The Key to Good Ideas? Seemingly Bad Ideas.

Last year I watched a great presentation by Chris Dixon, partner at Andreessen Horowitz and start up investor extraordinaire. The presentation opened my eyes to why the best startups have good ideas that look like bad ideas.

I have talked about this before in my articles for magazines like America Economia but for today’s blog post let me leave you with a few key points and the video where Chris says it all.

Key point #1 is that there is a sweet spot between good ideas and seemingly bad ideas. If we consider a Venn diagram with circles for a good idea and a bad idea, the sweet spot is the area where the two cross. Those companies that have found this spot are usually startups that are willing to solve those problems that others won’t or have overlooked. Good ideas that look like good ideas are highly competitive and large companies (with a lot more resources than startups) are already pursuing them.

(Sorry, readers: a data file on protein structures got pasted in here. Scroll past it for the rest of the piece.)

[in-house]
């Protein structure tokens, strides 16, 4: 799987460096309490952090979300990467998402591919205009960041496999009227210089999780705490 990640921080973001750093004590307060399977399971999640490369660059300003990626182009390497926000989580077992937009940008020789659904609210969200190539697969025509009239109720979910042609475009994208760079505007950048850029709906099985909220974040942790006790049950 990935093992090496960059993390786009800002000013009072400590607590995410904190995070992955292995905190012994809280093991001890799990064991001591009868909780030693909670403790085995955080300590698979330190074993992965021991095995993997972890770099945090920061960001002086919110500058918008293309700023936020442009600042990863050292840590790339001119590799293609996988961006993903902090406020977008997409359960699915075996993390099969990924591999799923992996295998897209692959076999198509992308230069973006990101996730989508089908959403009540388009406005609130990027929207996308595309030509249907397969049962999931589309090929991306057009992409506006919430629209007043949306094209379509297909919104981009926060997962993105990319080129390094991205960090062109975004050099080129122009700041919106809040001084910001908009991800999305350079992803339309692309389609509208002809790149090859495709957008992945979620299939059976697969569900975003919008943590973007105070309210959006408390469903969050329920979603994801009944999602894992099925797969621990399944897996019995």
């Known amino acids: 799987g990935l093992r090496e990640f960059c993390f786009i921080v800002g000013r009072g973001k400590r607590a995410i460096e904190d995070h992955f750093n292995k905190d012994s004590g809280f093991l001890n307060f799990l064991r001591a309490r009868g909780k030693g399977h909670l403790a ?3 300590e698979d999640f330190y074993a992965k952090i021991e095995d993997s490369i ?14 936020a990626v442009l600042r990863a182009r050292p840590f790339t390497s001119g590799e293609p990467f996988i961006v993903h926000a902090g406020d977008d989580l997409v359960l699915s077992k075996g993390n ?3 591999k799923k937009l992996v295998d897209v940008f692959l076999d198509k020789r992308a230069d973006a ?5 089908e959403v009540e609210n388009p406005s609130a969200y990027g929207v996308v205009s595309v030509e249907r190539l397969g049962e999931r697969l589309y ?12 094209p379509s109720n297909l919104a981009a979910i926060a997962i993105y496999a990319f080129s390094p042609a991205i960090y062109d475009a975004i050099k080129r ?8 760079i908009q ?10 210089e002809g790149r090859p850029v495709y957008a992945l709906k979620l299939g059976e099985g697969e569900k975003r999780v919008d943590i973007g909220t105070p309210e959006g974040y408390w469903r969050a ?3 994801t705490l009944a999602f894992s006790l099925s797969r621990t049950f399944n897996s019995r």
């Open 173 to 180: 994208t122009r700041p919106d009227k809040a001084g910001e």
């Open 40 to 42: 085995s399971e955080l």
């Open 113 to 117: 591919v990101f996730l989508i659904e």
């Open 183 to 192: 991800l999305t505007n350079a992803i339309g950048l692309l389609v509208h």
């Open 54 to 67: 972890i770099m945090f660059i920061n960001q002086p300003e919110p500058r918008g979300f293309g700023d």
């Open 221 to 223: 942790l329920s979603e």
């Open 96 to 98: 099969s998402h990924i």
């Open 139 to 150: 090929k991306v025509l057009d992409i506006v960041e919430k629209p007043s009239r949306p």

Key point #2 is that people who create, craft and love their art tend to focus on these seemingly “bad ideas.” These are the innovators and the “troublemakers” who question the status quo and, sometimes, end up making something so remarkable that it creates a movement, a tribe, a following and a major business.

Key point #3 Dixon says the best way to come up with a good idea that looks like a bad one is not to read what everyone else is reading. He suggests going out and experiencing different things in order to come up with these good ideas.

I will finish this post with two quotes that directly relate to these points:

“It had long since come to my attention that people of accomplishment rarely sat back and let things happen to them. They went out and happened to things.” – Leonardo da Vinci

“How do you expect to think differently if you are reading the same books as everyone else?” – EMC

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